Premier Mark McGowan has been challenged to visit a bush shanty town in his electorate where residents face the threat of eviction.
One Nation senator Peter Georgiou yesterday met residents of the makeshift camp near Rockingham after The West Australian reported it was home to 17 people.
“In 2019, I am shocked to see squat camps in the bushes in Mr McGowan’s electorate,” Senator Georgiou said.
“I think that because it’s his area he needs to go down and actually talk to these people. Something is not right and has gone terribly wrong.”
Garry Eves, chief executive of local homelessness advocacy group The Crew, said the people sleeping rough in the camp needed the Premier’s help.
“Given it is his electorate, he should be able to go down and talk to them,” Mr Eves said.
“However, I think talking doesn’t help — something needs to be done. In this area there is a massive need for accommodation.”
Mr Eves said every week about 120 people in need of help received emergency supplies such as blankets, clothes and food.
The land on which the camp has been set up is owned by State development agency LandCorp, which two weeks ago issued the residents a move-on notice.
Mr McGowan said his Government had been told the number of people sleeping rough in Rockingham was considerably down on previous years.
But Shelter WA chief executive Michelle Mackenzie said the number of people accessing specialist homelessness services in Rockingham had increased 33 per cent over the past three years.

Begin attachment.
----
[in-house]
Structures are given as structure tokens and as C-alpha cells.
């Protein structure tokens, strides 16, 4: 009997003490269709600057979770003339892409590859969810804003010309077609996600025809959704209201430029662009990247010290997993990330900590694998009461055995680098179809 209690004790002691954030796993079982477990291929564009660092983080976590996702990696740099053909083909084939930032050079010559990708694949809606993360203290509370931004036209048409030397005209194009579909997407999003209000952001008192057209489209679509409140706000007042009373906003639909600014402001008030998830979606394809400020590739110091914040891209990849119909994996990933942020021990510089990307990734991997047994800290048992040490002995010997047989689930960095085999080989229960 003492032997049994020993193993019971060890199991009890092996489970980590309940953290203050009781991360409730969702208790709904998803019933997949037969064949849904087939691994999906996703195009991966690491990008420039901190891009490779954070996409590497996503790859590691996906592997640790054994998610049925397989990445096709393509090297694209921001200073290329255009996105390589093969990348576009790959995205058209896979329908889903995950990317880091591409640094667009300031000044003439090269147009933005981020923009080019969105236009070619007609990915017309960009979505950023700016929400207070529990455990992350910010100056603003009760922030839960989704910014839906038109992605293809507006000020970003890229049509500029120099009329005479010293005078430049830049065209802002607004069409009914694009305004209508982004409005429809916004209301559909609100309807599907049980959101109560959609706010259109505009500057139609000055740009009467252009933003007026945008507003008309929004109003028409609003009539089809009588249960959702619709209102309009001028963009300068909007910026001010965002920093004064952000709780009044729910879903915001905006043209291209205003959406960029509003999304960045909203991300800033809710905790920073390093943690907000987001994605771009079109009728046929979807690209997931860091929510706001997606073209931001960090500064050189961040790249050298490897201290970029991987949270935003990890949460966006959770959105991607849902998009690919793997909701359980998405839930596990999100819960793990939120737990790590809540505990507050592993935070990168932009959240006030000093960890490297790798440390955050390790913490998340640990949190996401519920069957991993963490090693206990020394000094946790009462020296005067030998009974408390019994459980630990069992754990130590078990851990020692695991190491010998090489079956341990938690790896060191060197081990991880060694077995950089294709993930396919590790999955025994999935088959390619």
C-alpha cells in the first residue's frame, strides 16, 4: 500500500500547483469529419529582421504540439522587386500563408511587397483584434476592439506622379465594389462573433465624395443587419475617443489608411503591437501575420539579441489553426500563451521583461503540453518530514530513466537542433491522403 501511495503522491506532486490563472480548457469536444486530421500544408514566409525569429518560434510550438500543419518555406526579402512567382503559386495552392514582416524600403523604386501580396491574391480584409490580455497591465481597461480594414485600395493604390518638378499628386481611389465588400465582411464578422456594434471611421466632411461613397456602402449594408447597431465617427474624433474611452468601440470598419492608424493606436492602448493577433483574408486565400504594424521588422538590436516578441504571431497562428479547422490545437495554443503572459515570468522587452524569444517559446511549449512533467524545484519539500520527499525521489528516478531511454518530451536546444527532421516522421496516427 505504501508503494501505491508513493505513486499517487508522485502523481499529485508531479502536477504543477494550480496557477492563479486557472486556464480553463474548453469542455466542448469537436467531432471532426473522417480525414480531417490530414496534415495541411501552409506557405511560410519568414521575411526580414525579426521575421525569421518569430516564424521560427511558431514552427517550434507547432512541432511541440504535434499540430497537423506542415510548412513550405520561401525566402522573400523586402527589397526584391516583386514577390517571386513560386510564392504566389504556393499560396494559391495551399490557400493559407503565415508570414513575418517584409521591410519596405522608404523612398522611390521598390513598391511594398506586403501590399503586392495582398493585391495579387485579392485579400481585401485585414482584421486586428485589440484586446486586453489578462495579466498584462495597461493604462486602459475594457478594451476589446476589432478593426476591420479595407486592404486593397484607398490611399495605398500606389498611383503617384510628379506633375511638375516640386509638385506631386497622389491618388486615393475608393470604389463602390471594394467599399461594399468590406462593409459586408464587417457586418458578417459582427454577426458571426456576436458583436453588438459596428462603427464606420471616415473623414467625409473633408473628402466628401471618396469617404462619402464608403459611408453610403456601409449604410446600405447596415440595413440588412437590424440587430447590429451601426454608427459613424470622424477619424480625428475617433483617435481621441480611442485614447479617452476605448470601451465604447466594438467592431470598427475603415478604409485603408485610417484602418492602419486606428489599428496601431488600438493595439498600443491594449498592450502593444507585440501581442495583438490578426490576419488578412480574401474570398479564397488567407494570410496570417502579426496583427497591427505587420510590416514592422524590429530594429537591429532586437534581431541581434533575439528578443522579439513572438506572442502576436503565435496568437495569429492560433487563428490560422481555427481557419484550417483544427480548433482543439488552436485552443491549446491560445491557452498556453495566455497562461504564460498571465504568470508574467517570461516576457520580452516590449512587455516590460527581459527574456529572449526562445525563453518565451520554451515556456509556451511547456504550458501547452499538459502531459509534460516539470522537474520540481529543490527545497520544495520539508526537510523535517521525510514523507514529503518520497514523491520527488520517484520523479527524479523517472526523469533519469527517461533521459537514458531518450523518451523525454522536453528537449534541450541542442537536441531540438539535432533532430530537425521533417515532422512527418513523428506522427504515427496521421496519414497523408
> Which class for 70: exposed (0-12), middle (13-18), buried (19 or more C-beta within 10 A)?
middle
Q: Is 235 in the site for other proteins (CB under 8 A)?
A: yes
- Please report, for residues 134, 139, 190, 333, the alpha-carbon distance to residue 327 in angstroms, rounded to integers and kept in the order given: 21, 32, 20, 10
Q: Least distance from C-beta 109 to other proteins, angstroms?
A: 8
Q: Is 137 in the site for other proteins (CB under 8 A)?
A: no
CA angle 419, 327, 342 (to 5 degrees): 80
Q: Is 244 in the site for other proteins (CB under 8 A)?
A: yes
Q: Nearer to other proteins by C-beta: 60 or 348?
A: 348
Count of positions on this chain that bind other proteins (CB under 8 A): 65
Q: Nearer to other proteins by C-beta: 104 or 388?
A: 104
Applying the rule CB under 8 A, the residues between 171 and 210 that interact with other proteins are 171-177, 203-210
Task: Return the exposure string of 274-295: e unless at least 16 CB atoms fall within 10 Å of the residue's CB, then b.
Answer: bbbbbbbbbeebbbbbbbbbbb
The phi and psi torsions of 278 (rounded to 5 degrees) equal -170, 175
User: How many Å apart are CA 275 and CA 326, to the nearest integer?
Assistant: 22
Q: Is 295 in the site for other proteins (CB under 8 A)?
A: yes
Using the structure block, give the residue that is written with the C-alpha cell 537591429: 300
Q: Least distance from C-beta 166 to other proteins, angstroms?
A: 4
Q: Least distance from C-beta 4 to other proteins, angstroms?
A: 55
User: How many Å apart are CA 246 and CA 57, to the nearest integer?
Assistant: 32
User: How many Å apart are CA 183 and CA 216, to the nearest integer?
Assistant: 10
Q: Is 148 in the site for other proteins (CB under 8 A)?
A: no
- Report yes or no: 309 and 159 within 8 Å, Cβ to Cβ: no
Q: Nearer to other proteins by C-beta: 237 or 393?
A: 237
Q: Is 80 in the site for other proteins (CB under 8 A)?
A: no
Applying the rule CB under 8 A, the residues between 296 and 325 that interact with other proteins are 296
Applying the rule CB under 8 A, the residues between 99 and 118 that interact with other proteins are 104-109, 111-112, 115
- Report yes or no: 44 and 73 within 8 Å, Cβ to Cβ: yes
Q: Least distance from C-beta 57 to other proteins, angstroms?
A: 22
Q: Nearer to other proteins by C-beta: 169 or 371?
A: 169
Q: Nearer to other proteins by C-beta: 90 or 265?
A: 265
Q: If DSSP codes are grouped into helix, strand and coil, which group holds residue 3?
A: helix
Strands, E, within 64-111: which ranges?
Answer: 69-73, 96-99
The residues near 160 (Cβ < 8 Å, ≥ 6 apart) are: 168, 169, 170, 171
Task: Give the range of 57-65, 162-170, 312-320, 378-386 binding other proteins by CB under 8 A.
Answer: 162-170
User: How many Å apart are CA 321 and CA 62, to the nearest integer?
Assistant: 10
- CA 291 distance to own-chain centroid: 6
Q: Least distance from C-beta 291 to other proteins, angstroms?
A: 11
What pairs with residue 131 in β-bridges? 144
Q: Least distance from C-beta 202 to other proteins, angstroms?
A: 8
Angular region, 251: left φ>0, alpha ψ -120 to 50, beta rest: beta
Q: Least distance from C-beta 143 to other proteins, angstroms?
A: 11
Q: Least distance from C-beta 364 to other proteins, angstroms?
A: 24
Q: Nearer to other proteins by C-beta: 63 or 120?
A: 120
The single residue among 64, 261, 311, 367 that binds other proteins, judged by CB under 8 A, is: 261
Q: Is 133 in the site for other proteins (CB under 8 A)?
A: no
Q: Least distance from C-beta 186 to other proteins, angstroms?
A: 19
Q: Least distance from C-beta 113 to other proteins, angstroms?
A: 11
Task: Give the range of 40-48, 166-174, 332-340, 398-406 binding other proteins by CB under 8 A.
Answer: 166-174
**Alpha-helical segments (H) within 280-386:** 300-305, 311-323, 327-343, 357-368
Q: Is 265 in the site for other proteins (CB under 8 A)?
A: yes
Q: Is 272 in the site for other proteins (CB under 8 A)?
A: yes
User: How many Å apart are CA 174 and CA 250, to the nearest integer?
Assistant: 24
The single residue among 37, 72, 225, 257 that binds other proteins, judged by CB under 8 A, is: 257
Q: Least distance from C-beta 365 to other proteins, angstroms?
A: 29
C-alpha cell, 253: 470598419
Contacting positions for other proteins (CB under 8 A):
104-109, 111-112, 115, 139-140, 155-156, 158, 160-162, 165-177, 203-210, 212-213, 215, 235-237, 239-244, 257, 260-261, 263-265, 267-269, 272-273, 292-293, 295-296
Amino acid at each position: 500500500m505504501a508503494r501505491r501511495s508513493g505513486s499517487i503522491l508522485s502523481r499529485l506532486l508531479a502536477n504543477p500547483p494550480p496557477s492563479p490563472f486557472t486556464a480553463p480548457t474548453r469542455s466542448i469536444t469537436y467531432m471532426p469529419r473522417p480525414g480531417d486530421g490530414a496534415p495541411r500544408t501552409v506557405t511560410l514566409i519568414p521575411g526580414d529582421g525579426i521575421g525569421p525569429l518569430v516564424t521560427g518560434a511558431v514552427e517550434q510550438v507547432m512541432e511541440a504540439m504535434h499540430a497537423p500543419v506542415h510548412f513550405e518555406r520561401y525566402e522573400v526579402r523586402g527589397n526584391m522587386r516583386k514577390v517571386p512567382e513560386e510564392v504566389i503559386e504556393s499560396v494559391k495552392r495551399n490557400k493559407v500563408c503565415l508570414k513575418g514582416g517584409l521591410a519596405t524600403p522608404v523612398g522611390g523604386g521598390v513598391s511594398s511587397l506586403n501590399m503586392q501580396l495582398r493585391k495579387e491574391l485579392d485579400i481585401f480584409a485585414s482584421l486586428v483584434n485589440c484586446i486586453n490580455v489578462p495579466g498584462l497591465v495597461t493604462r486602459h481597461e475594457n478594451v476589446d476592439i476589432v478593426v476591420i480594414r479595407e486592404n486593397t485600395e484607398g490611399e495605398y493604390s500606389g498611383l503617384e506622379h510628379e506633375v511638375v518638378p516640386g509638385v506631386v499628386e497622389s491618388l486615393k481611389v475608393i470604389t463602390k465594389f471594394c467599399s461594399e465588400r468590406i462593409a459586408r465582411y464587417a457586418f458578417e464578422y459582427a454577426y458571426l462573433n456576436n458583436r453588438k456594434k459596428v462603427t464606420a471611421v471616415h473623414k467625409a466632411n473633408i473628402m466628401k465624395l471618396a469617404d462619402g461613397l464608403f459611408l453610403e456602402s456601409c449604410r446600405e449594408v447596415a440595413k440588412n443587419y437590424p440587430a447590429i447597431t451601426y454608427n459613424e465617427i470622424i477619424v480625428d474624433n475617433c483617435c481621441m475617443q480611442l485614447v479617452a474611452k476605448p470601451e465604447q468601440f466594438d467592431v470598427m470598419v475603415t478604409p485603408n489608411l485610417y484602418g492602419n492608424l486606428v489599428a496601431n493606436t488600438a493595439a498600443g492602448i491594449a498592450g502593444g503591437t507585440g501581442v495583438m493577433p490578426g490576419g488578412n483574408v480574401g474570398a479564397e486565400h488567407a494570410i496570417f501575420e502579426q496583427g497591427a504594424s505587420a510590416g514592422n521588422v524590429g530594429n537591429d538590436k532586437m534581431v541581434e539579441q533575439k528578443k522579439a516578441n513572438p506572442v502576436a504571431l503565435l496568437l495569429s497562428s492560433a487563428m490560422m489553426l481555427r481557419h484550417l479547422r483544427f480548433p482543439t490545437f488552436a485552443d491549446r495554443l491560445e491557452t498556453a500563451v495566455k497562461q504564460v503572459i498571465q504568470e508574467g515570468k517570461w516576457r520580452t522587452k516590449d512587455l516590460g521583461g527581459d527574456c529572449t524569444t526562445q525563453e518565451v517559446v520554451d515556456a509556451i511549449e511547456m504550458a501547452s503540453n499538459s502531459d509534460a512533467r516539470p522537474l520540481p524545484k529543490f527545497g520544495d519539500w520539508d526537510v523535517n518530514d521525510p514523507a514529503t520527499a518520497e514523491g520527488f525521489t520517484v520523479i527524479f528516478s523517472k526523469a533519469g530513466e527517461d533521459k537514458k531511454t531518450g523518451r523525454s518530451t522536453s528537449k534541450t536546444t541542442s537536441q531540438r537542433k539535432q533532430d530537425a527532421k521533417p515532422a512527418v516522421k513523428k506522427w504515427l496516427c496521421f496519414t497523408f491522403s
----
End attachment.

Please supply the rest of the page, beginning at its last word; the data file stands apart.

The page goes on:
Ms Mackenzie said that 2087 people were on the waiting list for social housing in Perth’s south-west, with the average wait of 21/2 years.
“We know this leads to overcrowding, couch surfing, people living in their cars or camping because they cannot get a house,” she said.
“A single person on Newstart receives $277 each week, while the median rent for a one to two-bedroom house in Rockingham is $240 a week.
“There is not enough social and affordable housing and support services in this region to meet current need.”
LandCorp industrial lands general manager Andrew Williams said the City of Rockingham had taken on the task of finding alternative accommodation for the group.
He said the Street Outreach Service was now in regular contact with those living on the site.
According to the City of Rockingham’s homelessness directory, the only local crisis accommodation is women’s refuges and facilities for young people.